198 – My New Website: Clerkenwell – Our Little Italy

Most of our family and friends know that we are big fans of family history. It should be warned, however, that it’s a very addictive pastime and once you get started you can so easily get hooked !!!

I started by researching my father’s side of the family, the Richards family – Tin Miners from Cornwall, the Davies family – Coal Miners from Ammanford in South Wales and the Houghagan’s  from County Mayo / County Galway in Ireland and in Swansea.

Next we began researching Paul’s Shapcott family from Whitestone / Exeter in Devon. This got us well and truly hooked and we went on to liaise with several other Shapcott researchers, and we have put together a large database of information. Consequently, we registered our Shapcott interests with “The Guild of One-Name Studies”. We were interested to discover just how far and wide Shapcott’s are dispersed from their native homeland of Knowstone in North Devon, and to learn more about their individual stories and varied ways of life.

Shapcott Barton in Knowstone Devon

Shapcott Barton in Knowstone, Devon – The ancestral home of the Shapcotes

Here is our Shapcott Family Website: http://www.shapcott-family.com

Shapcott Coat of Arms

And then of course there was my Italian side of the family who came from Atina.

Atina Val di Comino Frosinone Italy

Atina Val di Comino Frosinone Italy

My Atina website: http://atinaitaly.com

T

They ended up in London and rented an old house in Clerkenwell London, on the junction of Little Saffron Hill and Ray street. 

Herbal Hill or Little Saffron Hill Clerkenwell London

Herbal Hill or Little Saffron Hill Clerkenwell London

Leonardi Family clerkenwell London

My mother, Tina (Concetta), was born there in 1920. 

Little Italian Girl Clerkenwell London

Little Tina

First Communion in Clerkenwell London

Tina’s First Communion

Wedding at St Peters Italian Church Clerkenwell, London

Tina and Hugh’s wedding

I decided to write my mother’s story about a child growing up in Little Italy

during the 1920’s and 1930’s.

Little Italian girl in Little Italy Clerkenwell London

In addition it includes descriptions of living in London through the Blitz during WWII, the internment of “enemy aliens” and the terrible tragedy of the Arandora Star.

The website also has a section dedicated to the history of Clerkenwell over the last few centuries and the influx of Italian immigrants to this area. There is information regarding the padrones, the organ-grinders, the street musicians, the artists’ models, the immigrants’ various crafts and trades, the terrible living conditions in the slums and, of course, the manufacture of ice cream.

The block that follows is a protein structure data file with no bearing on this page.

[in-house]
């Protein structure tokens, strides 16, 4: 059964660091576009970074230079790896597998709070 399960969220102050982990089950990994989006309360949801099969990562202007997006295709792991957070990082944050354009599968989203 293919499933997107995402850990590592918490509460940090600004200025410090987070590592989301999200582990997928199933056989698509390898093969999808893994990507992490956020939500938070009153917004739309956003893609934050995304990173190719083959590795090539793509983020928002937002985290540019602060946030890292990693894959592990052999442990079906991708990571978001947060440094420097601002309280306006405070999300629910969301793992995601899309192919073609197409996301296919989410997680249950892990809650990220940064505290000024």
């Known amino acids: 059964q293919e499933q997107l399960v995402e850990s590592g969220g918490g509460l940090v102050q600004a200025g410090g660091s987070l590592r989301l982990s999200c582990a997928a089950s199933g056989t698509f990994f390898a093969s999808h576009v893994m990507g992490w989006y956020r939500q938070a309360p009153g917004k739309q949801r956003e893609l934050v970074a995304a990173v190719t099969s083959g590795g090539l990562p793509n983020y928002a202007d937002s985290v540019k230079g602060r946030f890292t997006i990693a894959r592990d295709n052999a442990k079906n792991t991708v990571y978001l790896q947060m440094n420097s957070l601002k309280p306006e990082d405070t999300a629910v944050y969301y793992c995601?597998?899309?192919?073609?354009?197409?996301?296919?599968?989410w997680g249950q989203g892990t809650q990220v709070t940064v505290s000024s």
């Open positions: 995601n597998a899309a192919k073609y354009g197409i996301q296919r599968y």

Another section is devoted to St Peter’s Italian Church and the annual procession in honour of Our Lady of Mount Carmel.

During this project, I have met through the wonders of the internet, a number of interesting people who share my passion for Clerkenwell’s Little Italy and its social history, and also the history of London.  I would like to say a big thank you to everyone that has helped me.

A special thank you to those photographers who kindly gave me permission to use their wonderful images to illustrate the website.

So, here it is: Clerkenwell Our Little Italy

http://atinaitaly.com/clerkenwell-london-little-italy/

I have also created a Facebook Group    

Clerkenwell Our Little Italy    

My New Atina Website: http://atinaitaly.com

#clerkenwelllondon, #clerkenwell #familyhistory #atinaitaly #italianprocession #littleitaly

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TCTitle

Tre Cancelle Farmhouse Apartments

Near Sperlonga Beaches and Historic Itri, South Lazio, Italy

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10 thoughts on “198 – My New Website: Clerkenwell – Our Little Italy

  1. Thank you for posting your photos and wonderful story. The Southern Italians seem to have had quite a love affair with Britain. Before the first world war my grandfather and two relatives travelled from the Atina area and played as traveling minstrels in Blackpool, Bath and other English towns. Then he and my grandmother, who came from Atina, emigrated to the US.
    I am visiting Atina in May this year. Do you have any suggestions or advice? We want to walk from Atina south to Castel Belmonte, the town of my other grandmother. Is it safe or possible to do so? Or is it all highway? Thanks! Cecilia

      • Grazie Nonna Lou!!! I am 63 and my daughter is 21. We can do it! On the map there is a small road that winds near the bigger road which I think must be foir cars. Is that the one I should take? Much of it is named Sferrocavalla. Grazie again! Cecilia From: Tre Cancelle Blog To: erminiver@yahoo.com Sent: Saturday, February 21, 2015 6:35 AM Subject: [New comment] 198 – My New Website: Clerkenwell – Our Little Italy #yiv3515922376 a:hover {color:red;}#yiv3515922376 a {text-decoration:none;color:#0088cc;}#yiv3515922376 a.yiv3515922376primaryactionlink:link, #yiv3515922376 a.yiv3515922376primaryactionlink:visited {background-color:#2585B2;color:#fff;}#yiv3515922376 a.yiv3515922376primaryactionlink:hover, #yiv3515922376 a.yiv3515922376primaryactionlink:active {background-color:#11729E;color:#fff;}#yiv3515922376 WordPress.com NonnaLou commented: “Ciao Celia, Thanks for you kind comments. It is possible to walk to Belmonte along the old road, but it is a fair walk. Belmonte Castello is a sweet little village perched on a rock. Here are my webpages for Belmonte Castello http://www.shapcott-family” | |

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